Episode 161 — Joe De Sena — The Spartan Mindset: Embracing Discomfort and Unleashing Mental Toughness
It’s no secret that human beings enjoy comfort. We enjoy snuggling up on the couch, having our meals delivered to our doorsteps, and sleeping in instead of waking up at the crack of dawn on a cold, rainy morning.
But are we really supposed to be this comfortable? Wouldn’t making things harder and more challenging be a motivator for us to earn some of life’s most precious gifts?
That’s what Joe De Sena, Founder of the Spartan Race, is on a mission to prove. He believes that if we want to truly enjoy every single morsel of life, we have to work hard and persevere in uncomfortable situations to make that happen.
On this episode of The Game Changing Attorney Podcast, Joe and Michael sit down to discuss:
- How personal accountability plays a major role in your success
- How to cultivate a mindset of resilience
- Why doing hard things is the secret to happiness
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A human being’s main motivator. “The number one motivator for a human being is not sex, not drugs, not rock and roll, not food. The number one motivator for a human being is the avoidance of discomfort. That’s legacy, hardware, and software that’s kept us alive on this planet. We want to make sure we won’t go out and freeze to death, sweat to death, or fall off a cliff. We avoid discomfort at all costs. The brain senses discomfort and says, ‘Oh, time out. Relax. Check your phone. Don’t go do that workout. Drink your coffee. Don’t go outside. It’s raining.’ We don’t even know that’s happening, and so our citizens, the folks around us in our communities, sell us stuff that helps us potentially avoid discomfort, right? Six-minute abs, five-minute abs, four-minute abs, or chocolate cake that’s not going to get you fat. We fear being uncomfortable the most.”
We’re tough, and then we’re not. “We are all really tough at birth — and then we get coddled. We get told what we can and can’t do. We get fed in our little cages in our zoo with climate controlled cages and food on demand. How the hell would we be practicing being tough? We don’t need to do anything. We don’t have to hunt an animal. We don’t have to walk to get to a phone. We don’t have to do anything. How would we possibly be practicing being tough? Yet we practice cooking. We practice playing the piano. We practice academics. But we don’t practice being tough — and then we’re expected in life when the sh*t hits the fan and everything’s up against us and we’re facing obstacles, we’re expected to perform. But you’ve been sitting in your cage in the zoo. You haven’t done anything hard. How would you possibly perform when you face an obstacle?”
Earn life’s greatest gifts. “When I go to bed, I giggle in bed. As soon as I get horizontal, I giggle. It’s a funny response, but the reason I giggle is because when I reflect on it, I worked so hard, I’m so tired that I’m so happy to be laying down. So if you’re laying down at night and you can’t get to bed and you’re tossing and turning, you didn’t push hard enough. Think about when a child eats a meal and they’re complaining about the broccoli. They’re not hungry enough. They didn’t earn that meal because if they’re hungry, they’ll eat their fingers. I know I’ve been there. You need to earn these tremendous gifts we get in life.”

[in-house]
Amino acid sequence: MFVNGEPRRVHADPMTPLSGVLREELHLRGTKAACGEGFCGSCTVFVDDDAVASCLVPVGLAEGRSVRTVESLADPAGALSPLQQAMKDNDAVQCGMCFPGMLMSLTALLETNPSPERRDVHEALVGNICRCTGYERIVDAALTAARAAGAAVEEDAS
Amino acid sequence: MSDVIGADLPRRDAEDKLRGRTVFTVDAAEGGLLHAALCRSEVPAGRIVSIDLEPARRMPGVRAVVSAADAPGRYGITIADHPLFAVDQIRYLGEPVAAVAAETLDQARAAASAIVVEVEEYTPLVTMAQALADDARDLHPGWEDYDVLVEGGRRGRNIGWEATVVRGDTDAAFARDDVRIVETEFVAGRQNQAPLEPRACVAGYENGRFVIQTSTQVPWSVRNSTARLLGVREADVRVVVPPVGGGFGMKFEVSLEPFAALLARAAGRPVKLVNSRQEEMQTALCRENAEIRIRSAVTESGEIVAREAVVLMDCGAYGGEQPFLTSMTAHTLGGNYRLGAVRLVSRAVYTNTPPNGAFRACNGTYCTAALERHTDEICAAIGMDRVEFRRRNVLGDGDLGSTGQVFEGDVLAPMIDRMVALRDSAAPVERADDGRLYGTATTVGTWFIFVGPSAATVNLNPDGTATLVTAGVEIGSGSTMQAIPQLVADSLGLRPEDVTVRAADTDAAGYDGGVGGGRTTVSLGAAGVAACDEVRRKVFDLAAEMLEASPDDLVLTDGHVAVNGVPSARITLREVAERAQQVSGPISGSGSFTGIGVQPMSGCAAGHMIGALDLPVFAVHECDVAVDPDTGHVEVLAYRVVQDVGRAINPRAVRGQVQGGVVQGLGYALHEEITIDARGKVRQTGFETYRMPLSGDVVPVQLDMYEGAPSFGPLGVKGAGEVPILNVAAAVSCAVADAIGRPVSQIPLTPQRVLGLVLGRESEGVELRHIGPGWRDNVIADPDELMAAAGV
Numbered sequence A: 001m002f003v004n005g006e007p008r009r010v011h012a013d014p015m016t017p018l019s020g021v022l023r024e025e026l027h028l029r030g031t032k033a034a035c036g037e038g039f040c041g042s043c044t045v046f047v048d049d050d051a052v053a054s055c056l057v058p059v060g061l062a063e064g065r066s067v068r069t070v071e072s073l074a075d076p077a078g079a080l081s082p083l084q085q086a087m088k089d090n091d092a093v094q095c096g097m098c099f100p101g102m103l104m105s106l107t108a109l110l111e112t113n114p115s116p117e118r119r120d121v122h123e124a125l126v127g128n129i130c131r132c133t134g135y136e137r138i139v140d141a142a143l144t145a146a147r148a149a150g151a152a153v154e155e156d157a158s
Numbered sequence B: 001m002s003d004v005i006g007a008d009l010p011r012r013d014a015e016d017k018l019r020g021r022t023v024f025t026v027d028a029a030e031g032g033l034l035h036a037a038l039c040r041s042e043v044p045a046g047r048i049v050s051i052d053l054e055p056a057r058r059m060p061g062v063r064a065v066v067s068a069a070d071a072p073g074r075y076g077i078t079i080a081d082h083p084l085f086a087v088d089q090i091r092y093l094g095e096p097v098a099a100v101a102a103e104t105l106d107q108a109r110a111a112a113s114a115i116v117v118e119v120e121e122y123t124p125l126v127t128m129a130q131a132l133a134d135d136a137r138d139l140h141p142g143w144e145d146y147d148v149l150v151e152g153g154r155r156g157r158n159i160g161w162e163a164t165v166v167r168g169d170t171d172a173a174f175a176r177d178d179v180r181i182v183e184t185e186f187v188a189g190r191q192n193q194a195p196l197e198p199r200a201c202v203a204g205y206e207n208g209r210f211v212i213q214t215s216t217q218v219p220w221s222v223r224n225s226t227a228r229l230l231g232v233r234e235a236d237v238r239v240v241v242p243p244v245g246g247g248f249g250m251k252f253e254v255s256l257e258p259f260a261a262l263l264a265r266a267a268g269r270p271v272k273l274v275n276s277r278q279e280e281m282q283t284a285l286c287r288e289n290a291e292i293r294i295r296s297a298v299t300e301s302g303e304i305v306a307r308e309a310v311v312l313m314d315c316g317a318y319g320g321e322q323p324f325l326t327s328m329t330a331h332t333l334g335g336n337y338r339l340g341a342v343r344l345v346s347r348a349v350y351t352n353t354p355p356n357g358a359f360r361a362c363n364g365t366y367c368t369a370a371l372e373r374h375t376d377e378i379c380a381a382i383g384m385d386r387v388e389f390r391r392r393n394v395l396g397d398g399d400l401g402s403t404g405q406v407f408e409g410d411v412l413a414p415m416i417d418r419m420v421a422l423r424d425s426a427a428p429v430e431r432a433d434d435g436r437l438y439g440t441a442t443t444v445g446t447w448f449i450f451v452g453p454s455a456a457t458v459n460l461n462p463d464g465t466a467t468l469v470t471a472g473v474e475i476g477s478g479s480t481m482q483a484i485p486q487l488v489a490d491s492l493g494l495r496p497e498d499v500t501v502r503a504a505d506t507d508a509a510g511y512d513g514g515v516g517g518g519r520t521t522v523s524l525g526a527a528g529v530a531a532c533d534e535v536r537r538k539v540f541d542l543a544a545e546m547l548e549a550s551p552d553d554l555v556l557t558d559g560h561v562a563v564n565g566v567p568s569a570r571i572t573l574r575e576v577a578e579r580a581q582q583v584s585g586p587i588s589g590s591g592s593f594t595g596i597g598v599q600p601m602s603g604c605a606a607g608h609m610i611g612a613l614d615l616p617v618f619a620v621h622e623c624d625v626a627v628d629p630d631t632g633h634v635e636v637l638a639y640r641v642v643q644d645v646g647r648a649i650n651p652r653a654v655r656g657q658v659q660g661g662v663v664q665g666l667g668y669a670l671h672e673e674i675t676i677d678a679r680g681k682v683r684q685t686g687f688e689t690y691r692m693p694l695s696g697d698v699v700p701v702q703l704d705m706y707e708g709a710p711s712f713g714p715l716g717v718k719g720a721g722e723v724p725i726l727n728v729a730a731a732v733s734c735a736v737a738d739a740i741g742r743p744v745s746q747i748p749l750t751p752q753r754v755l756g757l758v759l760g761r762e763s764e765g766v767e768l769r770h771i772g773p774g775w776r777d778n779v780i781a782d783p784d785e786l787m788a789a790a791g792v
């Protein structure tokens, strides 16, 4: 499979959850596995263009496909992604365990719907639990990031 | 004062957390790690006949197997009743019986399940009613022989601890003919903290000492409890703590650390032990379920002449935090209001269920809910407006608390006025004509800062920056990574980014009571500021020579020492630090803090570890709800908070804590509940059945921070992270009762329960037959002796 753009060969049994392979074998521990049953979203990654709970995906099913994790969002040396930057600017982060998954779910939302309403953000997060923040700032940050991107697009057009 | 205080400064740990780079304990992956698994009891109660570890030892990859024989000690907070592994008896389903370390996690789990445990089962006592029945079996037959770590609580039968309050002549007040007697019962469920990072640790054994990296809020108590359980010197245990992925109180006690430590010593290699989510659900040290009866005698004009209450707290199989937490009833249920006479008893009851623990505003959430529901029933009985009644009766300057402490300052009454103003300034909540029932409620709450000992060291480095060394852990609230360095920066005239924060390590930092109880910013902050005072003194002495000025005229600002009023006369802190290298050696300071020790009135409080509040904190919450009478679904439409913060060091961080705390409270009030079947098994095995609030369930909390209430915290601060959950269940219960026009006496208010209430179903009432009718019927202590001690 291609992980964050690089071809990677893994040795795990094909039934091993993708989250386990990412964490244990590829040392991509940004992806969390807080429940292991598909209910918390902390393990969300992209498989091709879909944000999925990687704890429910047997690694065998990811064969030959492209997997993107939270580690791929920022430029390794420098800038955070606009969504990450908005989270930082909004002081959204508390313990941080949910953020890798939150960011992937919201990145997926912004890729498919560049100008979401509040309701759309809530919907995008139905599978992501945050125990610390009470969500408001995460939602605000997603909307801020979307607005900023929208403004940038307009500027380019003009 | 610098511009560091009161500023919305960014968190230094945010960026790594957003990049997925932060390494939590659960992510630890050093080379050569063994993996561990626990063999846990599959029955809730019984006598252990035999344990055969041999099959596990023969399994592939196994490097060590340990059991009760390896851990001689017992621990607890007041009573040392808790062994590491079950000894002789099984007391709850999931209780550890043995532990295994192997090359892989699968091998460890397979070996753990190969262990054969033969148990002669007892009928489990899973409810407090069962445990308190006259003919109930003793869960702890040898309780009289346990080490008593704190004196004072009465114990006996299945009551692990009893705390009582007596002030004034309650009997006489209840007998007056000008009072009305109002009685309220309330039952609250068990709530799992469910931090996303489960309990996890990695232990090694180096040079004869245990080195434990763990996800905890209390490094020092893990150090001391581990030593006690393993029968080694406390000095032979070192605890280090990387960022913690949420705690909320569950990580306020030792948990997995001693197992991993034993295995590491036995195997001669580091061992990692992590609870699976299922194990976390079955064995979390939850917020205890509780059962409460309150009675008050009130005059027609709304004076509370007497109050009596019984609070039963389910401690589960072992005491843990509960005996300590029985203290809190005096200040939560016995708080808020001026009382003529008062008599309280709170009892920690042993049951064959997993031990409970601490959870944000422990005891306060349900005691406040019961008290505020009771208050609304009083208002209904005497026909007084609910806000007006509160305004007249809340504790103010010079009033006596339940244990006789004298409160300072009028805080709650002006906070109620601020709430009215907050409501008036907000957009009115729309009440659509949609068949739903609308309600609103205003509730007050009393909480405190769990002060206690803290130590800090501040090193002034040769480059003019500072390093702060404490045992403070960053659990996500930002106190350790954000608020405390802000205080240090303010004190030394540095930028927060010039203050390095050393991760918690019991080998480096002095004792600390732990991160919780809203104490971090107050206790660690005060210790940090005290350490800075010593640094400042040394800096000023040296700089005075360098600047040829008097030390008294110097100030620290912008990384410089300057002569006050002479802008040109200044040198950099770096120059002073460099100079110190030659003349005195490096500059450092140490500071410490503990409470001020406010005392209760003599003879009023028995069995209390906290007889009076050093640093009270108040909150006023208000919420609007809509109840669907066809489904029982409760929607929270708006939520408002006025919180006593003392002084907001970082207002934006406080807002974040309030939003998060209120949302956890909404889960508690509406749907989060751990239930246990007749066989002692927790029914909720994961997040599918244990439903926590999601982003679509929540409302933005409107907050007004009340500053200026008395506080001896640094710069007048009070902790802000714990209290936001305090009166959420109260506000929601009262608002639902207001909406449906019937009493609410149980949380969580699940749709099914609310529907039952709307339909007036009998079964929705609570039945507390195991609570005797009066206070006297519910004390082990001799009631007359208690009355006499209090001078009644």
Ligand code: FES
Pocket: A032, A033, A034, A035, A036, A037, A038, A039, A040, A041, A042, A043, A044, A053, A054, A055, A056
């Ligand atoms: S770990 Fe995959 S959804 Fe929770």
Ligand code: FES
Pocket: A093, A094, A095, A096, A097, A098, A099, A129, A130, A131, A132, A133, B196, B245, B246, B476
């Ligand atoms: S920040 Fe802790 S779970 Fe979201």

How to get serious about your health. “The only way to achieve optimal health — whether it’s to get ready for a race, for your health, or ready for anything — you have to sign up for something hard first which then demands your excellence. When you sign up for something instead of taking the time to get in shape, it’ll force you to go to bed early, to wake up early, to put down the cookie, and to not drink. If you do it the other way around, you’ll never get in shape because you would’ve been in shape already, but you’re not because you don’t take it seriously. None of us take it seriously, but as soon as there’s a date on the calendar, you get serious.”
Encourage the obstacles. “The biggest threat to our children is a six-car garage. It’s that over-indulgence, that ability to be complacent. Our job as parents is not only to make the children become appealing and fun to be around, but also resilient and have a ready-for-anything attitude. And it’s hard. Even a person like me who knows it, and my wife and I set out to do it, we still find ourselves — without even knowing and reflecting back on it — removing obstacles. Instead, we should be putting obstacles in front of the kids. We should be making it harder. I’m pretty hardcore relative to other parents, but I still see the mistakes.”
What does being a game changer mean to you? “Game changers are people who aren’t afraid to think differently and get outside their comfort zones. Just because somebody has done it one way forever doesn’t mean we can’t do it a different way.”
RESOURCES & REFERENCES
Sir Edmund Hillary
Tough Mudder Event
The Transcendence Run
Saks Fifth Avenue